Pakistan’s foreign ministry said it had summoned the Swedish charge d’affaires to condemn “in the strongest terms, the publication of an offensive and blasphemous sketch of the Holy Prophet”.
The move adds to a chorus of criticism over the series of drawings, by artist Lars Vilks, one of which was published earlier this month by a regional Swedish newspaper.
The drawings show the head of a turbaned man attached to the body of a dog, in front of various settings including a football goal.
The publication, in the newspaper Nerikes Allehanda, came after several galleries had refused to display the drawings, apparently for fear of violent retaliation from offended Muslims.
Early last year, violent demonstrations erupted throughout the Muslim world after the publication in Denmark of 12 cartoons of the Prophet Mohamed which were also deemed blasphemous.
“Alongside the picture, we published a comment piece saying that it was serious that there is self-censorship among exhibition [galleries],” said the Nerikes Allehanda editor-in-chief, Ulf Johansson.
Last weekend, a small gathering of protestors gathered outside the newspaper’s offices to demonstrate against the cartoon’s publication.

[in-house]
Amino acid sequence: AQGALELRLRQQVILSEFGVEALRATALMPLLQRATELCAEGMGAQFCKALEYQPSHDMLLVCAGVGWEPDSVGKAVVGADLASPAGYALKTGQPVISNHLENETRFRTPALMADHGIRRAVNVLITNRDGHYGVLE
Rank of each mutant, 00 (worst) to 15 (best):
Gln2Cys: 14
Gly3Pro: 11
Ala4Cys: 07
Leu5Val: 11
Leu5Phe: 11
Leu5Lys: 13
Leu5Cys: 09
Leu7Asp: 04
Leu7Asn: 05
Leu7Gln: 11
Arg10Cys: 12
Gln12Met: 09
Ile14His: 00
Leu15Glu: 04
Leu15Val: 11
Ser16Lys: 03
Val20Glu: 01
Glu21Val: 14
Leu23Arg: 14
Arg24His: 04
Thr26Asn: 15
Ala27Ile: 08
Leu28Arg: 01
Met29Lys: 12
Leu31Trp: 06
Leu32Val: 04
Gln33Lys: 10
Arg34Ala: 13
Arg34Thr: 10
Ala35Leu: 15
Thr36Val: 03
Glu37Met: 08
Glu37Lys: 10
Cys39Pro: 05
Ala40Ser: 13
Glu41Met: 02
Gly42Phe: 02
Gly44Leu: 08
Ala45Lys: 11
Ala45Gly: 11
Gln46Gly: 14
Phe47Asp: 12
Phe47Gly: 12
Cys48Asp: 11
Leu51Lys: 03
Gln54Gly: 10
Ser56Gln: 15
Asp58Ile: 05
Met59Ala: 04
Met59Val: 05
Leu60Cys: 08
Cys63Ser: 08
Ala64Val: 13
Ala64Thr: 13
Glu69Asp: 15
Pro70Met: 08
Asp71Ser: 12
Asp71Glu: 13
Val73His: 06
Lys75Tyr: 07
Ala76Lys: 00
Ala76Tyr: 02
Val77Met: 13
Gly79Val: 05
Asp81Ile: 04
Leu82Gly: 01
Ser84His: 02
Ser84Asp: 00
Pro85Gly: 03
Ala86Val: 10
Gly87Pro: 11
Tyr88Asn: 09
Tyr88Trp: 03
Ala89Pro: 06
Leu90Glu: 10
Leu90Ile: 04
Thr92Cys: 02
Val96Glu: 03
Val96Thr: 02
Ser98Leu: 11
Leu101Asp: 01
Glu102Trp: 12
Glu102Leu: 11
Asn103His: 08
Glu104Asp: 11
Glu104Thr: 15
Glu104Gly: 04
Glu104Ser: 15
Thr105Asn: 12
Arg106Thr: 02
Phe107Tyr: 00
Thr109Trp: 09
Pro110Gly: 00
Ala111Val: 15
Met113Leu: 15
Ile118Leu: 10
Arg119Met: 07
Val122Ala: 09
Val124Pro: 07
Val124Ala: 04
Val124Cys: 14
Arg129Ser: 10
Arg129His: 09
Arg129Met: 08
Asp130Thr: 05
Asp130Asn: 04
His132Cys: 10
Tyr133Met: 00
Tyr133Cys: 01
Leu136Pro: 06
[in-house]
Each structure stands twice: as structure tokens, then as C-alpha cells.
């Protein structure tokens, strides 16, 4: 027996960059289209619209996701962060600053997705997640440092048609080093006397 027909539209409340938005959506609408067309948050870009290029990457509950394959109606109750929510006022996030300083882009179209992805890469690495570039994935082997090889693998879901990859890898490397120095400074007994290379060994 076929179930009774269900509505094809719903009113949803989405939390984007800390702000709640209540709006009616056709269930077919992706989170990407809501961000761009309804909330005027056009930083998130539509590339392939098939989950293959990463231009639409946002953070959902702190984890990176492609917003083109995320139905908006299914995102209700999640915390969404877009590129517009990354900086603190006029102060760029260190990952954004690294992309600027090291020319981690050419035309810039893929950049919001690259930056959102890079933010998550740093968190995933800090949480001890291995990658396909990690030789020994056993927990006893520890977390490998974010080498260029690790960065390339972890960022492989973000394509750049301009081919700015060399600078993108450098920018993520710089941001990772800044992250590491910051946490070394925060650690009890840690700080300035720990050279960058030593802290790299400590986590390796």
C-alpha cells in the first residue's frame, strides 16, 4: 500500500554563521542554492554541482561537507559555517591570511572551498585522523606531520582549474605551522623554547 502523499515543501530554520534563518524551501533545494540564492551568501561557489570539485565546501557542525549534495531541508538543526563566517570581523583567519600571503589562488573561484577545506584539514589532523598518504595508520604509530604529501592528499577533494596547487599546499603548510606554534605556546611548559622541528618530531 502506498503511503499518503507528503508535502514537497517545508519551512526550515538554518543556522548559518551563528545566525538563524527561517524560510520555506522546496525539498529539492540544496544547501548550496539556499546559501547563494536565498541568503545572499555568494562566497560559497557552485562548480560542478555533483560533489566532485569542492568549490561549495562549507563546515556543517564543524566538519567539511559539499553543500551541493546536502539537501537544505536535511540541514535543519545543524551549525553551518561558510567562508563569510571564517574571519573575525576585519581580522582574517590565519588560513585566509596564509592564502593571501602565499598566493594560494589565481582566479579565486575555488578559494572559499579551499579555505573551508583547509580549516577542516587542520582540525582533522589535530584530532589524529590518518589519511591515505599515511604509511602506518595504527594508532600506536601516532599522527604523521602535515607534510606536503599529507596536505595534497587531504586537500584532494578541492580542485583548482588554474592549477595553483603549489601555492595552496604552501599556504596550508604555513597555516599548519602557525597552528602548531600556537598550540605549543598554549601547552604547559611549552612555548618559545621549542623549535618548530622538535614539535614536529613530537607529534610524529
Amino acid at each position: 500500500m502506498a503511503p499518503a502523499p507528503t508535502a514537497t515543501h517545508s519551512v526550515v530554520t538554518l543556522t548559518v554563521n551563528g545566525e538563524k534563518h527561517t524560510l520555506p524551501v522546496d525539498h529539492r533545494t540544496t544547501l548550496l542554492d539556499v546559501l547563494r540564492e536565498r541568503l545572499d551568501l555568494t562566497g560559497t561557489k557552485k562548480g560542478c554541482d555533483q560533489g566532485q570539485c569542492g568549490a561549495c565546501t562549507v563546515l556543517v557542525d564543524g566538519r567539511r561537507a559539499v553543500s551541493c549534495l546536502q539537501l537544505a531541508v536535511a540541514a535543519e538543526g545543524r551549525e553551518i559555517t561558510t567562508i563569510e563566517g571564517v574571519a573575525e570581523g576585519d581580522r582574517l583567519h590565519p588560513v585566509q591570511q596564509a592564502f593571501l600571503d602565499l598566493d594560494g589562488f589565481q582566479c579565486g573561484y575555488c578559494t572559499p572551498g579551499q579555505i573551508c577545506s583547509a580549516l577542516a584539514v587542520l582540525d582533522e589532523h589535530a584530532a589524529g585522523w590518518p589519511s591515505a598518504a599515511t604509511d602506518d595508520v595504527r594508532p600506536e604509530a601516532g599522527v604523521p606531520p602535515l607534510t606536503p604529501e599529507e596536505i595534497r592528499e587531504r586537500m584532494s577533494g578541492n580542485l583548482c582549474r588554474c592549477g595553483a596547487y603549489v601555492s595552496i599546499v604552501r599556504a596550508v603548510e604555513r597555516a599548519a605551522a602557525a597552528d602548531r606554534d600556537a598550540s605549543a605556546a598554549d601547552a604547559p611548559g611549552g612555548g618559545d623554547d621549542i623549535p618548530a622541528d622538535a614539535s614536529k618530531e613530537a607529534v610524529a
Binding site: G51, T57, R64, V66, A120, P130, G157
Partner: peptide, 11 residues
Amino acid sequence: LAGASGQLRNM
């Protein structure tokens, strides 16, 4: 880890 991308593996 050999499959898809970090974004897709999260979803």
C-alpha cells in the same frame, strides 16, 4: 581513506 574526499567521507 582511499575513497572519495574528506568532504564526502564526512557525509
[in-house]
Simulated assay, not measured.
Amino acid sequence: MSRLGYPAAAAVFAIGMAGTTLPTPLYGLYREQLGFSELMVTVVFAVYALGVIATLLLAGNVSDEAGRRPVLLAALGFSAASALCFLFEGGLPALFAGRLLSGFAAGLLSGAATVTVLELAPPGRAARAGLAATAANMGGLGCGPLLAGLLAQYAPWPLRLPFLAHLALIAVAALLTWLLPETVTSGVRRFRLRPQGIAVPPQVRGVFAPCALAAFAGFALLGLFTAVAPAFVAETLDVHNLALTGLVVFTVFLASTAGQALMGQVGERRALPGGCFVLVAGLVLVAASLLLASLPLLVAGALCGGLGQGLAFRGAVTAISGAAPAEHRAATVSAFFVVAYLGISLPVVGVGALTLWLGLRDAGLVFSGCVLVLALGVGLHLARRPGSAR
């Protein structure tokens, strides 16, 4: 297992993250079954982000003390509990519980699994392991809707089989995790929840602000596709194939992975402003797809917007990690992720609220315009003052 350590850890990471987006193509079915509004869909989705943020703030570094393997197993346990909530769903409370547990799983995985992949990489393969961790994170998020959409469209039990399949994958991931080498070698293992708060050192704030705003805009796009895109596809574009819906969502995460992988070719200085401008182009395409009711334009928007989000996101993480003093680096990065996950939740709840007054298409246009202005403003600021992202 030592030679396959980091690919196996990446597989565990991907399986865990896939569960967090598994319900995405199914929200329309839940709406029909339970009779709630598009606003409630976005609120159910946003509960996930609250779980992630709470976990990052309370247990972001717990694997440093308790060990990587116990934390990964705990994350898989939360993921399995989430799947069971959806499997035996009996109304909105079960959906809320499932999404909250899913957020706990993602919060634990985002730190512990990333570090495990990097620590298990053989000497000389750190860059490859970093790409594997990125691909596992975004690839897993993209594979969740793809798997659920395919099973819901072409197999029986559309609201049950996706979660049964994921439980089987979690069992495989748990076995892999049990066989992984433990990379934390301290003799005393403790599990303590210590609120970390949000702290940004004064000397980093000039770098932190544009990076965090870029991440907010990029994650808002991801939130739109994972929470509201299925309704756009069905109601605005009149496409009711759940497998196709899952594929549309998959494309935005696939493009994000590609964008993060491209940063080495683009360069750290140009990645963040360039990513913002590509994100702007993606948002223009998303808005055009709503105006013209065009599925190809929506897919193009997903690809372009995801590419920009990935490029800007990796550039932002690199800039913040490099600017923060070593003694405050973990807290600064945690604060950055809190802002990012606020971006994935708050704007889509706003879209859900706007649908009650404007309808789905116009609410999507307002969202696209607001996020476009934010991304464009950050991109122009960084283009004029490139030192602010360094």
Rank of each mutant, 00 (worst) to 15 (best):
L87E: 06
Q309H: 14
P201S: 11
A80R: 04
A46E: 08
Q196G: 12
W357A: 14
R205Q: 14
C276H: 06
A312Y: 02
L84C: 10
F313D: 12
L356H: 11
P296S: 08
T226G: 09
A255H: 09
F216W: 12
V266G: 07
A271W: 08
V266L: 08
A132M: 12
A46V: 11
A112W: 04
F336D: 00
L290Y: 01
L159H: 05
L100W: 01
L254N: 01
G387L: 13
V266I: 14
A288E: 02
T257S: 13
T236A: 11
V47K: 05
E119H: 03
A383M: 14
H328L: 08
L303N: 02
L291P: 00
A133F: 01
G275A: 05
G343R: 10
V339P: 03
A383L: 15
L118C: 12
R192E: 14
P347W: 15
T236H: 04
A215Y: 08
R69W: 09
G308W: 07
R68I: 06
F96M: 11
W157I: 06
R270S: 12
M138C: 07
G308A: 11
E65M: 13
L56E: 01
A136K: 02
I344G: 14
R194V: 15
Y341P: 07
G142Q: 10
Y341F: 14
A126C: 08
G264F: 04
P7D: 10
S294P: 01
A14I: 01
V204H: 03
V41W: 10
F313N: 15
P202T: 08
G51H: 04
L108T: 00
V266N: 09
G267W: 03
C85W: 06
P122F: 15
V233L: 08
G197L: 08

That was followed this Monday by Iran summoning Sweden’s chief diplomat in Teheran to express its own outrage. Iran’s president Mahmoud Ahmadinejad has blamed “Zionists” for the images but said he would not hold the Swedish people responsible.
Pakistan’s foreign ministry said that Sweden’s charge d’affaires had promised his government “shared the views of the Muslim community and termed the publication as unfortunate”.
In Stockholm, the Swedish foreign ministry said it now considered the matter closed.
But last year’s violent protests over the Danish cartoons has showed that initially little noticed drawings can eventually prompt widespread anger.
In that case, the Danish newspaper Jyllands-Posten published cartoons in September 2005, but it was not until the New Year in 2006 that major protests broke out.
Artist Lars Vilks has not confined his provocative cartoons to Islam however. Another drawing, featured on his website, features a giant hook-nosed pig looming over hillside houses.
The caption reads: “Modern Jew sow, swollen by capitalism, on her way to tear apart some peaceful villages”.